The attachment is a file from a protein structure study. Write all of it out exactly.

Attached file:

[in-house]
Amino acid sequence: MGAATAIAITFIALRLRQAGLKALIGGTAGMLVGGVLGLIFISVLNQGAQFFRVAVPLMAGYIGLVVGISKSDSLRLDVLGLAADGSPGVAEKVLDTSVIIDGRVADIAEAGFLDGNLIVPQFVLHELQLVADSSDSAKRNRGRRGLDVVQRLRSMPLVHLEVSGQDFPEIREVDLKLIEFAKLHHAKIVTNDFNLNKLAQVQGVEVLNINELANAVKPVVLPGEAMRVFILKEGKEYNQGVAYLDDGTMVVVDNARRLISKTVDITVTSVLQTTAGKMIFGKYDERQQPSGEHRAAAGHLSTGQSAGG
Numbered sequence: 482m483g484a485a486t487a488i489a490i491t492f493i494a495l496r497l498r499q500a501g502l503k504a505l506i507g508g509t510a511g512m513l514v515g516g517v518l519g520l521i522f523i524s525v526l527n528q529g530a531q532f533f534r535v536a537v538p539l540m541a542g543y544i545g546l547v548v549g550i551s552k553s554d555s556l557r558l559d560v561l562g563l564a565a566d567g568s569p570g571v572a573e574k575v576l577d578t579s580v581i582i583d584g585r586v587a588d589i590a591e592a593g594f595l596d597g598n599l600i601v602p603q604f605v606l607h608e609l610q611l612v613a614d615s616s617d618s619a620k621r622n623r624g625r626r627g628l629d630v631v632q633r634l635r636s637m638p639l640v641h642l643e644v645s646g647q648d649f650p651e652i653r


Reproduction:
[in-house]
Amino acid sequence: MGAATAIAITFIALRLRQAGLKALIGGTAGMLVGGVLGLIFISVLNQGAQFFRVAVPLMAGYIGLVVGISKSDSLRLDVLGLAADGSPGVAEKVLDTSVIIDGRVADIAEAGFLDGNLIVPQFVLHELQLVADSSDSAKRNRGRRGLDVVQRLRSMPLVHLEVSGQDFPEIREVDLKLIEFAKLHHAKIVTNDFNLNKLAQVQGVEVLNINELANAVKPVVLPGEAMRVFILKEGKEYNQGVAYLDDGTMVVVDNARRLISKTVDITVTSVLQTTAGKMIFGKYDERQQPSGEHRAAAGHLSTGQSAGG
Numbered sequence: 482m483g484a485a486t487a488i489a490i491t492f493i494a495l496r497l498r499q500a501g502l503k504a505l506i507g508g509t510a511g512m513l514v515g516g517v518l519g520l521i522f523i524s525v526l527n528q529g530a531q532f533f534r535v536a537v538p539l540m541a542g543y544i545g546l547v548v549g550i551s552k553s554d555s556l557r558l559d560v561l562g563l564a565a566d567g568s569p570g571v572a573e574k575v576l577d578t579s580v581i582i583d584g585r586v587a588d589i590a591e592a593g594f595l596d597g598n599l600i601v602p603q604f605v606l607h608e609l610q611l612v613a614d615s616s617d618s619a620k621r622n623r624g625r626r627g628l629d630v631v632q633r634l635r636s637m638p639l640v641h642l643e644v645s646g647q648d649f650p651e652i653r